Kauffman doesn't respond directly to this speech, other than to express his skepticism about the Palestinian's conviction that he'll get his home back. Instead, Spielberg and screenwriter Tony Kushner leave the response to others in the film. One is the character of Israeli prime minister Golda Meir; she focuses on the need to defend her country against "maniacs." The strongest and longest speech, however, comes from Kauffman's mother. "We had to take" Israel, she says, because "no one would give it to us." She adds: "Whatever it took, whatever it takes, we have a place on earth at last." She says nothing, though, to explain why "that place" was the land that the Palestinian also calls home.
Instead, Spielberg's Israeli characters talk about the need for Jews to have a home after the Holocaust. I can understand how this might have happened. Spielberg -- personally devoted to both his Judaism and the survival of Israel -- has long been focused on the Holocaust and its connection with the creation of the Jewish state. At the end of Spielberg's "Schindler's List," one of the most memorable films ever made about the Holocaust, survivors who were on that list -- as well as their children -- pass by Oskar Schindler's grave on Mount Zion in Jerusalem. The film, which had been in grim black-and-white, becomes bright with color. The message is clear: Out of the darkness of the Holocaust had been born the Jewish home.
As powerful as that message might be, juxtaposing the Holocaust and the homeland does exactly what Spielberg says he is trying to avoid. It offers simplification instead of discussion.
Many Palestinians would insist -- and I would agree -- that, though the Palestinian's speech in Munich is powerful and passionate, it could have been more powerful and passionate. But at least it contains the main ingredients not only of the passion but also of the Palestinian case.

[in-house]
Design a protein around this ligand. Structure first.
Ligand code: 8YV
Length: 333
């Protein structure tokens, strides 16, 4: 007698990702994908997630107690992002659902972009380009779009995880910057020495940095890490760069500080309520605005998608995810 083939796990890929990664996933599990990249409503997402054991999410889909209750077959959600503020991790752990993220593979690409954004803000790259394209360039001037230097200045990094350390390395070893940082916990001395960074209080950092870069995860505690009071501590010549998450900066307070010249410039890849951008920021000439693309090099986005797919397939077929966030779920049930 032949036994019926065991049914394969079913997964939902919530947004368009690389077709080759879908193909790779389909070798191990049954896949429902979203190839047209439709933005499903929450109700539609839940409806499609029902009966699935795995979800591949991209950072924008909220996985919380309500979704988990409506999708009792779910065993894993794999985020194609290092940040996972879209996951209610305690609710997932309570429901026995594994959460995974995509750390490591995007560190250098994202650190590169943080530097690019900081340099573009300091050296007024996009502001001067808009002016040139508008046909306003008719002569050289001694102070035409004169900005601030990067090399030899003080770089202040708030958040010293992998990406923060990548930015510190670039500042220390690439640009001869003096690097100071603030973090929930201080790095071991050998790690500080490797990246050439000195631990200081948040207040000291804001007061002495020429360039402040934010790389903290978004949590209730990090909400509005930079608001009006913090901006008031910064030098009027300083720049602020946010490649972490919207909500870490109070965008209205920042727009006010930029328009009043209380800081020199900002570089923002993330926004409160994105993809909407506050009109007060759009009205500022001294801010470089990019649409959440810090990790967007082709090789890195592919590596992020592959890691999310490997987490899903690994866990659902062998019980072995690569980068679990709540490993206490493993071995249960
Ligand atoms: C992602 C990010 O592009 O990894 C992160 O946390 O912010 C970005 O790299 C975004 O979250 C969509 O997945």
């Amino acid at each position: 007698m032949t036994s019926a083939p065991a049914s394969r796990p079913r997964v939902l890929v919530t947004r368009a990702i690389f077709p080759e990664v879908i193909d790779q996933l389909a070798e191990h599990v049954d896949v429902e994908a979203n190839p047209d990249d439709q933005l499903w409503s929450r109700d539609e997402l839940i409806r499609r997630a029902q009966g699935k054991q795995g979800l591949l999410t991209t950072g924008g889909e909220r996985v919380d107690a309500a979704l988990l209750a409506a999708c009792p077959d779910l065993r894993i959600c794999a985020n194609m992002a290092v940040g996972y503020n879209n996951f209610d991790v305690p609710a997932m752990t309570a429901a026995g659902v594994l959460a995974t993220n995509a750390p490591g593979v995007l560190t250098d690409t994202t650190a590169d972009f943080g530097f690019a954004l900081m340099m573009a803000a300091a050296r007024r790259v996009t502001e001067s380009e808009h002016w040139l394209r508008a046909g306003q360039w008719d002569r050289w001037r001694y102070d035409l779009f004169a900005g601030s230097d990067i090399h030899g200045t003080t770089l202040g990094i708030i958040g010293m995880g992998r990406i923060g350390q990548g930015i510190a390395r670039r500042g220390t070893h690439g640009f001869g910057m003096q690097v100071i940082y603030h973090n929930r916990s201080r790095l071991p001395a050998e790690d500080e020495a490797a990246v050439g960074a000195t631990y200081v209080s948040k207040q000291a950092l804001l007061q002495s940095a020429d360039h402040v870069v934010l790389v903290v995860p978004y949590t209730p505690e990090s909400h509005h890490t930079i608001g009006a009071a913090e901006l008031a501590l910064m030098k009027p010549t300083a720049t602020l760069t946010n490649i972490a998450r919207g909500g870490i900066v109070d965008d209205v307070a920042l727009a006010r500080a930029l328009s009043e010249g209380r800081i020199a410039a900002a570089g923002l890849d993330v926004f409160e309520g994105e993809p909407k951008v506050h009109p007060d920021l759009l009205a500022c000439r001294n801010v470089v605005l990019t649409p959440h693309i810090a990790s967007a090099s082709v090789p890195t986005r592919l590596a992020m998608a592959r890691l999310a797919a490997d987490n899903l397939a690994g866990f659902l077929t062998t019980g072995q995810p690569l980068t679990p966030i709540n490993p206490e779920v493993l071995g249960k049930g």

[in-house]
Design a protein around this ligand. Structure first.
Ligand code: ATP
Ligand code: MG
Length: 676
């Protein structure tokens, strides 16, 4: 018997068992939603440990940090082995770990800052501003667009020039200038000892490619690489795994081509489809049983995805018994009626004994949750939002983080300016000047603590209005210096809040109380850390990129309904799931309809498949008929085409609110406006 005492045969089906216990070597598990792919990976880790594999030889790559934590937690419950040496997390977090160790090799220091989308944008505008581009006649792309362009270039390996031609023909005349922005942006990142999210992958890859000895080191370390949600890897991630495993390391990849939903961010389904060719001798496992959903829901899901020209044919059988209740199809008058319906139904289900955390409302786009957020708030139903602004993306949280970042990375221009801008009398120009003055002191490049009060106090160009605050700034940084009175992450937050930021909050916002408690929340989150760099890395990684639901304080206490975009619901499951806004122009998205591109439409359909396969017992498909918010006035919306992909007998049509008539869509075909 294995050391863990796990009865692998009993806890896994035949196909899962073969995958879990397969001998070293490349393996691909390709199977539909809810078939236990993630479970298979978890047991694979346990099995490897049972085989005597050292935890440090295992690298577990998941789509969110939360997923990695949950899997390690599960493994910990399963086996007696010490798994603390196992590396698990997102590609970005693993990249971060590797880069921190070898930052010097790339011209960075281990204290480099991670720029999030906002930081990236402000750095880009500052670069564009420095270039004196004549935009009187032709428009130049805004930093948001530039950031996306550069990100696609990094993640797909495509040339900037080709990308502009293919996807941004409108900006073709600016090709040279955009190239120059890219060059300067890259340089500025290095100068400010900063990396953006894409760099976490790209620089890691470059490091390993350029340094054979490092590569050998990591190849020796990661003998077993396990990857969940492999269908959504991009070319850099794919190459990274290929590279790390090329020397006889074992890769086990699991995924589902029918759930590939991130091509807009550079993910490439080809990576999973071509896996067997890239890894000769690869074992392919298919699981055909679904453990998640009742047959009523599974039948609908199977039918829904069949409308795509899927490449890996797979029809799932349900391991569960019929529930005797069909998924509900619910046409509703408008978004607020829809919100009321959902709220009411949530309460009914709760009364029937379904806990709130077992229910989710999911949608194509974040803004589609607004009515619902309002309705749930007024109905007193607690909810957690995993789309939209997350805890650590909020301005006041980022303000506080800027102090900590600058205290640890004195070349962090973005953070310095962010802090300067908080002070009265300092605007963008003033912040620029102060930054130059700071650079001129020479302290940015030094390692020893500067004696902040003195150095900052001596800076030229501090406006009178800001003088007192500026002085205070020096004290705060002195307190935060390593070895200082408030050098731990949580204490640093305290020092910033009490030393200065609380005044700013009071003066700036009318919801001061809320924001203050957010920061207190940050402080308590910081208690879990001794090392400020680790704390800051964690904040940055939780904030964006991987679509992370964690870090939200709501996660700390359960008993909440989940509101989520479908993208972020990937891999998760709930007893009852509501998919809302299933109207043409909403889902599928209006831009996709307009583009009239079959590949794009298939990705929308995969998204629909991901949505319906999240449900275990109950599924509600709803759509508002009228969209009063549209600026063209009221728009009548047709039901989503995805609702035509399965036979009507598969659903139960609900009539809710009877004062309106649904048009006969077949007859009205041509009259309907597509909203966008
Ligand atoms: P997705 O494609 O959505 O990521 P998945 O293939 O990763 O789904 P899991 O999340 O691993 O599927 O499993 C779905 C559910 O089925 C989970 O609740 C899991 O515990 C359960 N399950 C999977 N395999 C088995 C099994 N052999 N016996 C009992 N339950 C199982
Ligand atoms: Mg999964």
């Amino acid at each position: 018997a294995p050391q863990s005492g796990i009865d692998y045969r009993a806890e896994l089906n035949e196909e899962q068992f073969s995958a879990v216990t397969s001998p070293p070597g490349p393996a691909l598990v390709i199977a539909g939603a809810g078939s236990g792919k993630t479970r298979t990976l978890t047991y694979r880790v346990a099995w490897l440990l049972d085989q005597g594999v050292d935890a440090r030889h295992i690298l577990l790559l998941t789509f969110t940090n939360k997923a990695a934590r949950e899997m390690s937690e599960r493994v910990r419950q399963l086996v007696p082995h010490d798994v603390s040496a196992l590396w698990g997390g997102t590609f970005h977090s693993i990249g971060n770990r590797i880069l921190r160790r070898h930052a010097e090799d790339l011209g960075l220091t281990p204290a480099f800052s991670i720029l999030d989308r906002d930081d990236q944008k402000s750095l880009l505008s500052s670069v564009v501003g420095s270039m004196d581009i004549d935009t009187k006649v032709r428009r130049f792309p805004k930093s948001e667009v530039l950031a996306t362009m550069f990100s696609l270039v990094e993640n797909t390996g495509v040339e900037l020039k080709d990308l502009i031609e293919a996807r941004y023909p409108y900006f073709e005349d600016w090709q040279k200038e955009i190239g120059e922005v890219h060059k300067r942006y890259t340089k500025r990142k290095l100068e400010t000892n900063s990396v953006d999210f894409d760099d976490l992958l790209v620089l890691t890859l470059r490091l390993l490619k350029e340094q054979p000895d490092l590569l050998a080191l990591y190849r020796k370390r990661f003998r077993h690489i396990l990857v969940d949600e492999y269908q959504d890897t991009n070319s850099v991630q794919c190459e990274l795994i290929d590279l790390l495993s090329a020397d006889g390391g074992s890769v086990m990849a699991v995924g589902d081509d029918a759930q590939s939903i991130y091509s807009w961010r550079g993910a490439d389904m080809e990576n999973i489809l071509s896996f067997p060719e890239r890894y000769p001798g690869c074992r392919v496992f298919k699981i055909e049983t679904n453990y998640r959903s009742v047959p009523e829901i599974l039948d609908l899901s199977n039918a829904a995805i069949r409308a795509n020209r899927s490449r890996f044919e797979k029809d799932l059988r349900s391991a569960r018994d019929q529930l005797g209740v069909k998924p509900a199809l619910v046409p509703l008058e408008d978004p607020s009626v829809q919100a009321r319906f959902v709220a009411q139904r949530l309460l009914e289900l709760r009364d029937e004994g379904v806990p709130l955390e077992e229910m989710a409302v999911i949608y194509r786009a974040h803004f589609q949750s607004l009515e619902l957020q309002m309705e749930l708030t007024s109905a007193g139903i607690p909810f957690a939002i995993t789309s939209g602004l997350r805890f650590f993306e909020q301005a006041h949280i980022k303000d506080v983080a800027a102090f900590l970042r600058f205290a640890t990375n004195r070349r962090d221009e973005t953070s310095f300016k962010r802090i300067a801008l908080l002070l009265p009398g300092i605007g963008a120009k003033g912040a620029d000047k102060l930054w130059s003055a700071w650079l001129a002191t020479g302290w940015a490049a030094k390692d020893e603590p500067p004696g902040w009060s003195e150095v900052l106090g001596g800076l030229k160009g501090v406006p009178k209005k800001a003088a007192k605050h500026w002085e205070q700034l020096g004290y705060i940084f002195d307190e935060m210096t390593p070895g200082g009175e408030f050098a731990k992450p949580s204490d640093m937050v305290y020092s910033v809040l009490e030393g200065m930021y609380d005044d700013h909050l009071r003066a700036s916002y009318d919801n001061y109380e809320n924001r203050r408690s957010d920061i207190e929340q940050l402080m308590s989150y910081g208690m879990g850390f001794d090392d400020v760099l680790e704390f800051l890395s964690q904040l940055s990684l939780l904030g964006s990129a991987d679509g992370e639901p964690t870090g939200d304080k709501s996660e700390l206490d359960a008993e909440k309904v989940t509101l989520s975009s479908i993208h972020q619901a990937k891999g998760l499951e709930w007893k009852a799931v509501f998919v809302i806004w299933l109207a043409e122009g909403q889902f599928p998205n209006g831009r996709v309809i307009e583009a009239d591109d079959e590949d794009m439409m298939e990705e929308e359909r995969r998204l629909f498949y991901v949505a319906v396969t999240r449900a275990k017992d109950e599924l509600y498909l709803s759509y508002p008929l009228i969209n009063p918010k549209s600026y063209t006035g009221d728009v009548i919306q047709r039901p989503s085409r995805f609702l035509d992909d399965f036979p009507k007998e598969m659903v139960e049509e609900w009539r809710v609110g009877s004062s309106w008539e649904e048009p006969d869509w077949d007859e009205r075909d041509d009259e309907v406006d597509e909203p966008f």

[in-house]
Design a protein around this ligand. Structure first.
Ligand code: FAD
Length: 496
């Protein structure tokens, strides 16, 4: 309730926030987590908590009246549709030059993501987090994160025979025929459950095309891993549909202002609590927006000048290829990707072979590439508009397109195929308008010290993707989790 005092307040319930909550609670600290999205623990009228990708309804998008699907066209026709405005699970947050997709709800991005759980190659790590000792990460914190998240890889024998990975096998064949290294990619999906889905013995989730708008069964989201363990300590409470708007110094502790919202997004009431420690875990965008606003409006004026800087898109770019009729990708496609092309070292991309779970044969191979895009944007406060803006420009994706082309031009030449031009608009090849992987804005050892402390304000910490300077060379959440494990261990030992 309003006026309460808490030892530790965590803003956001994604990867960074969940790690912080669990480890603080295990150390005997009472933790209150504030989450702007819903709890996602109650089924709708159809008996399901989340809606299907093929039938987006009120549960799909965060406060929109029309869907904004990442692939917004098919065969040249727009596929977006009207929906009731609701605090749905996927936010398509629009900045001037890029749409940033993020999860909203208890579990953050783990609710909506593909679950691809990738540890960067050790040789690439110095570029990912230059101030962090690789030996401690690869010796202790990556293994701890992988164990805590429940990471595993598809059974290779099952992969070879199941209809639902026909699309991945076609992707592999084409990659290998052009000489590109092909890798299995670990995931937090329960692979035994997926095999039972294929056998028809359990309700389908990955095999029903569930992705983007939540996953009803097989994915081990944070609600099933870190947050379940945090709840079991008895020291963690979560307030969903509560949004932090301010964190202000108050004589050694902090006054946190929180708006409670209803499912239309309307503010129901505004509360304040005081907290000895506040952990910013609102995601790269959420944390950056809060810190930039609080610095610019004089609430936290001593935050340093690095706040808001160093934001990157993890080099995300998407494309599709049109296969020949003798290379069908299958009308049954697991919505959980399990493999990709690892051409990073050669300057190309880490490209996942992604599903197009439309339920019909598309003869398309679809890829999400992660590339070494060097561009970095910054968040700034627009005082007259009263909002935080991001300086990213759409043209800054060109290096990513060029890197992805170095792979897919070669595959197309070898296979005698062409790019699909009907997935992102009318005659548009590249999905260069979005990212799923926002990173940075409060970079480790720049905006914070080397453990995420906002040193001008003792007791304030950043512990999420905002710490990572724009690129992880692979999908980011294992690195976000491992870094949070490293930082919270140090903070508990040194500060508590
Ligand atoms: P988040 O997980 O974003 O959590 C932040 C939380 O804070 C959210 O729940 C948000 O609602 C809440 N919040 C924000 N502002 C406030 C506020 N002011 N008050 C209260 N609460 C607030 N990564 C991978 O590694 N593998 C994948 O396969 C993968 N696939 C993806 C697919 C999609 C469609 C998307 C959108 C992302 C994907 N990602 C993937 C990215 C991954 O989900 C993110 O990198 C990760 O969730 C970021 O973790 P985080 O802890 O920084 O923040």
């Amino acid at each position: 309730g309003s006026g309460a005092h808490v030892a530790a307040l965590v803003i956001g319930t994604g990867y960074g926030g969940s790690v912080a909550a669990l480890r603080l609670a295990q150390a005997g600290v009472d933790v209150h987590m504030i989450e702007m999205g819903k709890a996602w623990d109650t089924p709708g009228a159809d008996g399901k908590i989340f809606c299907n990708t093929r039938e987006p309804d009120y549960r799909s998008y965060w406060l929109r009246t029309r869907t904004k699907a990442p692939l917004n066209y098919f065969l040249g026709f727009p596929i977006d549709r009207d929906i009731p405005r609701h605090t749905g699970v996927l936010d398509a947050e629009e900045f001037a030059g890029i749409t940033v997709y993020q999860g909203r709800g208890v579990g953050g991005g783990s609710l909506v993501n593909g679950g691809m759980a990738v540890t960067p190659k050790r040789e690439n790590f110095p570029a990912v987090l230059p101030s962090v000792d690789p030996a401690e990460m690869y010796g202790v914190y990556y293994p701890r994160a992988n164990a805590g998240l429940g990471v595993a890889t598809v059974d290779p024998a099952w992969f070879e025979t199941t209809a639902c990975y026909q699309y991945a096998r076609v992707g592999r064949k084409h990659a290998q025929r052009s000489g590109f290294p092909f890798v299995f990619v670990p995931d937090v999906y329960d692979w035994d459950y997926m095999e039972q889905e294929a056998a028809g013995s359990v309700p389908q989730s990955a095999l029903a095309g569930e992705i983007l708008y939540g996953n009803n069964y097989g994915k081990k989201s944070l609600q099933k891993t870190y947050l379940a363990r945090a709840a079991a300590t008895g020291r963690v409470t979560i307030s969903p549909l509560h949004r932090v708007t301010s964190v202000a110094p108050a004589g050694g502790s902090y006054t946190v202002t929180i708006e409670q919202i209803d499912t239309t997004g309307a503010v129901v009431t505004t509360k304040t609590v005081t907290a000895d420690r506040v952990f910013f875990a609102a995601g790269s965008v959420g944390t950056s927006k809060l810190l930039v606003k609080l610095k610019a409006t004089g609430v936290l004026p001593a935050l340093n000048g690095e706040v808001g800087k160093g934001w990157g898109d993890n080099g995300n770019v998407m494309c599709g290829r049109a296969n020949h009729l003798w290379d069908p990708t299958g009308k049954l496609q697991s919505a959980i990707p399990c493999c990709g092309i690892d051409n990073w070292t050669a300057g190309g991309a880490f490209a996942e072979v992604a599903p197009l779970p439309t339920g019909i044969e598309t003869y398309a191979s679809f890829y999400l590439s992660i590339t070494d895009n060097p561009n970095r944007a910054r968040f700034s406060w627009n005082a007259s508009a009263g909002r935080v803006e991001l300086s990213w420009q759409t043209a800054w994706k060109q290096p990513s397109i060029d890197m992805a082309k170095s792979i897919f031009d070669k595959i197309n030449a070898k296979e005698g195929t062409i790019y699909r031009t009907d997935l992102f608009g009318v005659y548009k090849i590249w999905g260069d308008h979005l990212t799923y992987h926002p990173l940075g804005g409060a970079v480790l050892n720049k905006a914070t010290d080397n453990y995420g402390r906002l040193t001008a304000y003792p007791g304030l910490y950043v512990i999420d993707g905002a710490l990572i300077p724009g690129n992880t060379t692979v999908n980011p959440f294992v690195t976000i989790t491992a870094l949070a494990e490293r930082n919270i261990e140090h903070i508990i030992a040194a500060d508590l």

By contrast, a main ingredient of the Israeli case isn't offered at all. The Jews didn't seek a home in that part of the world only because the millennia of massacres, the latest of which was the Holocaust, made such a home a necessity. They sought to live there becausehistorically it was their home, and their claim to it was no less powerful and passionate than the claim made by the Palestinian in "Munich."
Jews had lived in that land for well over a thousand years. It was the place of their prophets, their kingdoms, their Zion, their Temples and their rabbinical academies. It was the place where they had developed as a nation and created the teachings that spawned the religions of the Western world. It was the place from which, ultimately, most were exiled. It was the place to which, three times a day, they prayed to return. And it was the place to which they repeatedly tried to return, despite the hardships that awaited them there. Judea and Israel came to be known as Palestine because the Romans renamed it as such after the extinct Philistines, in order to expunge the memory of its troublesome Jews and their connection to that land.
Spielberg put not a hint of this in "Munich." And without it, the argument on the Israeli side is presented so inadequately that it profoundly violates his admonition against simplification. Zionism preceded Schindler and the Holocaust. That's what Spielberg somehow failed to include in what he wanted to be a carefully balanced movie, a movie that he says he made to create discussion.
"Munich" isn't a documentary, of course, and it's hardly the first film to present an unbalanced view of complicated political issues. The trouble here is that Spielberg is a brilliant director with an extraordinary ability to shape the emotions of his audience and their impression of reality. Tens of millions of people around the world, perhaps hundreds of millions, will watch his film. And instead of just asking questions, as he says he hopes they'll do because it's art and not history, they'll be coming to conclusions -- conclusions that, because of what he put into this very artful film or because of what he left out, will shape what they think about two of the most pressing challenges of our time.
Walter Reich, director of the United States Holocaust Memorial Museum from 1995 to 1998, holds the Yitzhak Rabin memorial chair in international affairs, ethics and human behavior at George Washington University.